Column 14- Being kind to ourselves shouldn’t be so hard

You have just completed preparing a nice snack on a favourite plate and boom, you drop it. What do you do? Are you angry with yourself? Perhaps you call yourself an unkind name. Now turn the situation around; a good friend of yours is visiting and ends up dropping the same plate. How do you respond? Perhaps something along the line of “that’s OK, don’t beat yourself up, it is just a plate.”
Why is it we cannot be as gentle with ourselves as we are with other people?
When someone else is hurting we try to help them feel better. When others make mistakes, we are forgiving. Being warm and understanding of ourselves is also very important to our health. We talk a lot to ourselves each day and rather than the usual banter of belittling, we should be encouraging ourselves. Using equanimity, “a calm mental state”, even when things go wrong, is a healthy practice. This approach helps us get through the mistakes, failures and shortfalls we as humans experience every day, with a less stressful feeling.
Having an awareness of how we feel about things and accepting the fact that we feel that way and it is OK, helps us to move beyond the upset too. I learned of this concept of self-compassion when a very good friend of mine used it. My friend had gone through some very hard times and when I asked how she was doing she replied that she was being self-compassionate. I reflected on this and I wanted to learn more. She really was doing well even though she had just gone through a great deal of pain and was in the midst of more difficult times.
Once we can adapt well, we have fewer negative reactions and emotions; we are better able to accept things and take charge of ourselves. Our self- compassion gets deeper and we increase our happiness, our wisdom, our confidence. With this, we are more motivated to do what we truly wish to achieve.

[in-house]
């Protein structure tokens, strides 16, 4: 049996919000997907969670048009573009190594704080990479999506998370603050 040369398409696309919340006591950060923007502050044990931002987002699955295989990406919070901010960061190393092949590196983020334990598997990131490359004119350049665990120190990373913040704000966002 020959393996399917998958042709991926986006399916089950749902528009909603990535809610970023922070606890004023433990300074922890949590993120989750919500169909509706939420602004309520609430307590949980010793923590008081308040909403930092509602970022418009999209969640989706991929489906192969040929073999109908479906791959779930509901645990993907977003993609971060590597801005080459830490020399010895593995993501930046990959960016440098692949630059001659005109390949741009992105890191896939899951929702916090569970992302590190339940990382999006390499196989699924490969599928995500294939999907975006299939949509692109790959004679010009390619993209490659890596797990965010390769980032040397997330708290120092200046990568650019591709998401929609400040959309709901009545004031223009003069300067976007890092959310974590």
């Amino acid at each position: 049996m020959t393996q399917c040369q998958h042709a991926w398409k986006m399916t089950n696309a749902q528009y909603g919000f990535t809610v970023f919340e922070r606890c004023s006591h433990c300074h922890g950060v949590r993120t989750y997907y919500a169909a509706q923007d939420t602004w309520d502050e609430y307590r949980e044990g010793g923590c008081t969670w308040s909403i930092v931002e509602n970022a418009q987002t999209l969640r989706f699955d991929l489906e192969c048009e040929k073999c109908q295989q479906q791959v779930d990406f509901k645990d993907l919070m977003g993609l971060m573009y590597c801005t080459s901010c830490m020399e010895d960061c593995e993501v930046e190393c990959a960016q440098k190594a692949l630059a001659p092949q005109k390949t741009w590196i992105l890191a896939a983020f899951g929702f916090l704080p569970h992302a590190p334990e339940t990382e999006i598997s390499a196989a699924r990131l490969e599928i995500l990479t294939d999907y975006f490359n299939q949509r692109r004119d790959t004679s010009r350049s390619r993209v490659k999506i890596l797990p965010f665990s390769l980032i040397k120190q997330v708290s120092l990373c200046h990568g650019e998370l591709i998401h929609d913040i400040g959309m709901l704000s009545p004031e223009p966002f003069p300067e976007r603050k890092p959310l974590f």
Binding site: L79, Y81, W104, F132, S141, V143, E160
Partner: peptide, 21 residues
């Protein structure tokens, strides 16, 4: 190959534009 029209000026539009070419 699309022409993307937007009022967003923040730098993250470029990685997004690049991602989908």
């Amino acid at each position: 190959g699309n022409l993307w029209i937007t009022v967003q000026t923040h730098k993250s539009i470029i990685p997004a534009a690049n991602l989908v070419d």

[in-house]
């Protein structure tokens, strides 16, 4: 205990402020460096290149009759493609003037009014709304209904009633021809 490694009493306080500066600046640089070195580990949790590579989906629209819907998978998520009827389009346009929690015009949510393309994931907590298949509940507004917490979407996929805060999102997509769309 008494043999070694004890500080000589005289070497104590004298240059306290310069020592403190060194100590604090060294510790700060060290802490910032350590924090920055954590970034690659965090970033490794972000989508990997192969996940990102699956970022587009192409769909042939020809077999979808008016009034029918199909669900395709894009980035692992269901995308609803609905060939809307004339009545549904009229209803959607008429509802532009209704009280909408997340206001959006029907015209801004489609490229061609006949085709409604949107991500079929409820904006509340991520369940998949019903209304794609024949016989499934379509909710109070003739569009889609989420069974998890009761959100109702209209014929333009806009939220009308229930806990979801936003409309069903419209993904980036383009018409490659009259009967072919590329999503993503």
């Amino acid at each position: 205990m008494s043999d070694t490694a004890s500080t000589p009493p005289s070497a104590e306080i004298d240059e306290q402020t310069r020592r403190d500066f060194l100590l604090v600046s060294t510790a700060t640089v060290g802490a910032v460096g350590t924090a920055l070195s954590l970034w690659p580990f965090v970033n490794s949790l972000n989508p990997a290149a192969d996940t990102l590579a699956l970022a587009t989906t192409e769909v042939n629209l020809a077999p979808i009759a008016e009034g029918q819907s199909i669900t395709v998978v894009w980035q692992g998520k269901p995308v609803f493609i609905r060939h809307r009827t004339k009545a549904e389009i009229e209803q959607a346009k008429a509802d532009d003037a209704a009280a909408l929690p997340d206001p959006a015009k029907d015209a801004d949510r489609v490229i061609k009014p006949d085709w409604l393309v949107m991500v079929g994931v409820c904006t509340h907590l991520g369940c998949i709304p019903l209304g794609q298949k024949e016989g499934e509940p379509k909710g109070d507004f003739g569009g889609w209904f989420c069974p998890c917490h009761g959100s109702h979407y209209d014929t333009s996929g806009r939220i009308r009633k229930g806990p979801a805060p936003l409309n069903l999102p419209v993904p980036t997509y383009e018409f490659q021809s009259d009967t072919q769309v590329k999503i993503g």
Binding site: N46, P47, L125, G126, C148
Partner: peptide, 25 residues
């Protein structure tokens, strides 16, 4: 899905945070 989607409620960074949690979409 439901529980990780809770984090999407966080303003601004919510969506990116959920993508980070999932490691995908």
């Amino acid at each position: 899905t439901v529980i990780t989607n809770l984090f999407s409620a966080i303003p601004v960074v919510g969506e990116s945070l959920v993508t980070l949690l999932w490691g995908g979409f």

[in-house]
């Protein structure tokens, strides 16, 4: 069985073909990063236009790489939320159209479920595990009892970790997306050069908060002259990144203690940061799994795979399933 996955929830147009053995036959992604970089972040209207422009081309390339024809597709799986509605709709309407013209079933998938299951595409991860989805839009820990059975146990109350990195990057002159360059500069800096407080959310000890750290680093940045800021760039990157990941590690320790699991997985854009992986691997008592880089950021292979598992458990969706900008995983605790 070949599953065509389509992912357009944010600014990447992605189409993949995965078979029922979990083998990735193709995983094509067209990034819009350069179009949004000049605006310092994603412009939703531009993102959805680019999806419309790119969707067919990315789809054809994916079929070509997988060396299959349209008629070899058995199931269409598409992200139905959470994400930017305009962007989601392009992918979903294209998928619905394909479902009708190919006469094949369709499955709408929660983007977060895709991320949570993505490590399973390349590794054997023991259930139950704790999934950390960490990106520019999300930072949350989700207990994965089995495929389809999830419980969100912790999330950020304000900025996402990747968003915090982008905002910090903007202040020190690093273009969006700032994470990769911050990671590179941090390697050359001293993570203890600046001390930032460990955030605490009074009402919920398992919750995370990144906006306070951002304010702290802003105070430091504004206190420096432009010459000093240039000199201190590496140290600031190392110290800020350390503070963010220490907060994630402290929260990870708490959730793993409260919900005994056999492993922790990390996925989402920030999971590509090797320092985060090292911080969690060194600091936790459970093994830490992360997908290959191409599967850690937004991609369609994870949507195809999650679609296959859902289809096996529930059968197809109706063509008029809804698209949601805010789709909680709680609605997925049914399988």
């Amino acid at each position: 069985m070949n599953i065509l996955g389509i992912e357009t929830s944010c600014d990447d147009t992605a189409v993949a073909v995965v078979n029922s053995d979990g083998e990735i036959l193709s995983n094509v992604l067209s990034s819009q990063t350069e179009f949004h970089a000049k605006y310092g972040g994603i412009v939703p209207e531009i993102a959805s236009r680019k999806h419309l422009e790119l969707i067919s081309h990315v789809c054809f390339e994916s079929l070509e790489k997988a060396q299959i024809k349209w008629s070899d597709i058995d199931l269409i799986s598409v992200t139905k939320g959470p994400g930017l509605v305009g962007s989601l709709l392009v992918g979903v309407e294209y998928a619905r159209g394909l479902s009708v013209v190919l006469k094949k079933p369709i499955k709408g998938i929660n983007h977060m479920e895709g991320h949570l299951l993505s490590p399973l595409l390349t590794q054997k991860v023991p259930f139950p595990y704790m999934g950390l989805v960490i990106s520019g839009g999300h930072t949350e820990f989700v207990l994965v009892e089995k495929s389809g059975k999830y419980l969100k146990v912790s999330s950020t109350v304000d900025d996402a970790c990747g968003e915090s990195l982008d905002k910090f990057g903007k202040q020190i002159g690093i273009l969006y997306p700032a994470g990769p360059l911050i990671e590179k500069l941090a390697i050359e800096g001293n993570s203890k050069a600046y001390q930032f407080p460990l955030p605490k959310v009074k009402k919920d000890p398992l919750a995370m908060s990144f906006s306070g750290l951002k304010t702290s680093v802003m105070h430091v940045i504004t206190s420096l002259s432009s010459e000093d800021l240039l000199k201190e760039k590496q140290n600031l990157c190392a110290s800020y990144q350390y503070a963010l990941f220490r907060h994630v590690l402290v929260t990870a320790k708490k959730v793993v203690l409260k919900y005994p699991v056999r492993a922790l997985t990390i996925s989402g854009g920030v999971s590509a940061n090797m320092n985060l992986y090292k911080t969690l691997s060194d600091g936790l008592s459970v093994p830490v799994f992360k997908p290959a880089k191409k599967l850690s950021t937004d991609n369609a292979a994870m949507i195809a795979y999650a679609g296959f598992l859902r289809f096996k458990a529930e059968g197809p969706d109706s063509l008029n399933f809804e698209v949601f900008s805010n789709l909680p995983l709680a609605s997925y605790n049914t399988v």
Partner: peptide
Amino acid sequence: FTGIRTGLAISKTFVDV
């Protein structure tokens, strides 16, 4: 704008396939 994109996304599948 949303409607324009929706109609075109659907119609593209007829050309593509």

I wrote about meditation at one time before I had a chance to practice it much. After learning more about it I have been practicing it more and more. For a while I was able to attend weekly group practice and now, I practice on my own and I miss it when I do not do it as much as I feel I should. I find that meditation supports the practice of self-compassion, it helps me to better accept my flaws and faults and this is helpful to self-sooth during stressful times.
It sounds weird, I know, but think about it. If you recognize that you are not perfect, but continue to strive to do your best, do not beat yourself up when you do not achieve the results you wanted, you feel better. Be as good a caregiver to yourself as you are to others and you will achieve more. We CAN learn to treat ourselves better – we just need to practice doing it more often. Speak to yourself like you would speak to a good friend, with kindness. There are other exercises that you can do to help get rid of the negative self-talk. Check out self-compassion at the library or on the Internet. Talk to someone about it.
Our health and ageing well are for us, so why not try something that helps us be healthier and kinder with ourselves. We are all going to live through good times and bad, difficult times. Self-compassion is yours for the taking – and it’s free. So just do it!

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